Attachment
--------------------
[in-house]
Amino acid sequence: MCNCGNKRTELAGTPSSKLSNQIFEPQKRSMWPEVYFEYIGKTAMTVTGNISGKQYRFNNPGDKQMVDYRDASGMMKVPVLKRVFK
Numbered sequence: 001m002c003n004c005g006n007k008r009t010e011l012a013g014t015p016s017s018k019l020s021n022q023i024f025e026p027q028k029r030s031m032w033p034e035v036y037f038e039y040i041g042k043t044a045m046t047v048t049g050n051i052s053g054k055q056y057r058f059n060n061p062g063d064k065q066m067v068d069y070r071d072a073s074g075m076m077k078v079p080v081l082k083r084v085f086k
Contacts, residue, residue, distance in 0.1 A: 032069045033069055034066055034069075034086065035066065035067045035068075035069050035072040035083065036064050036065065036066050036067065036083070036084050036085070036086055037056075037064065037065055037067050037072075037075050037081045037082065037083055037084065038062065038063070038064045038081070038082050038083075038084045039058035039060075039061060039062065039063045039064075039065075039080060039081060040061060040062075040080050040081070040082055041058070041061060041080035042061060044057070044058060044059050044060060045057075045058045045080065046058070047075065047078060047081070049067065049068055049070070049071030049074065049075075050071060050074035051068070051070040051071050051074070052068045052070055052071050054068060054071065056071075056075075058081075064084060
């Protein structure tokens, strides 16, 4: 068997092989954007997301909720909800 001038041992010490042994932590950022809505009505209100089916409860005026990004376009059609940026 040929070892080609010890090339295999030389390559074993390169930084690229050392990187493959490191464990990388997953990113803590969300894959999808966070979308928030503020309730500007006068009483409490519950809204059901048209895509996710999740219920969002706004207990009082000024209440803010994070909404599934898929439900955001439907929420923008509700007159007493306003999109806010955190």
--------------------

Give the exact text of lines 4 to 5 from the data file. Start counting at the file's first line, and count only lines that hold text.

Contacts, residue, residue, distance in 0.1 A: 032069045033069055034066055034069075034086065035066065035067045035068075035069050035072040035083065036064050036065065036066050036067065036083070036084050036085070036086055037056075037064065037065055037067050037072075037075050037081045037082065037083055037084065038062065038063070038064045038081070038082050038083075038084045039058035039060075039061060039062065039063045039064075039065075039080060039081060040061060040062075040080050040081070040082055041058070041061060041080035042061060044057070044058060044059050044060060045057075045058045045080065046058070047075065047078060047081070049067065049068055049070070049071030049074065049075075050071060050074035051068070051070040051071050051074070052068045052070055052071050054068060054071065056071075056075075058081075064084060
């Protein structure tokens, strides 16, 4: 068997092989954007997301909720909800 001038041992010490042994932590950022809505009505209100089916409860005026990004376009059609940026 040929070892080609010890090339295999030389390559074993390169930084690229050392990187493959490191464990990388997953990113803590969300894959999808966070979308928030503020309730500007006068009483409490519950809204059901048209895509996710999740219920969002706004207990009082000024209440803010994070909404599934898929439900955001439907929420923008509700007159007493306003999109806010955190």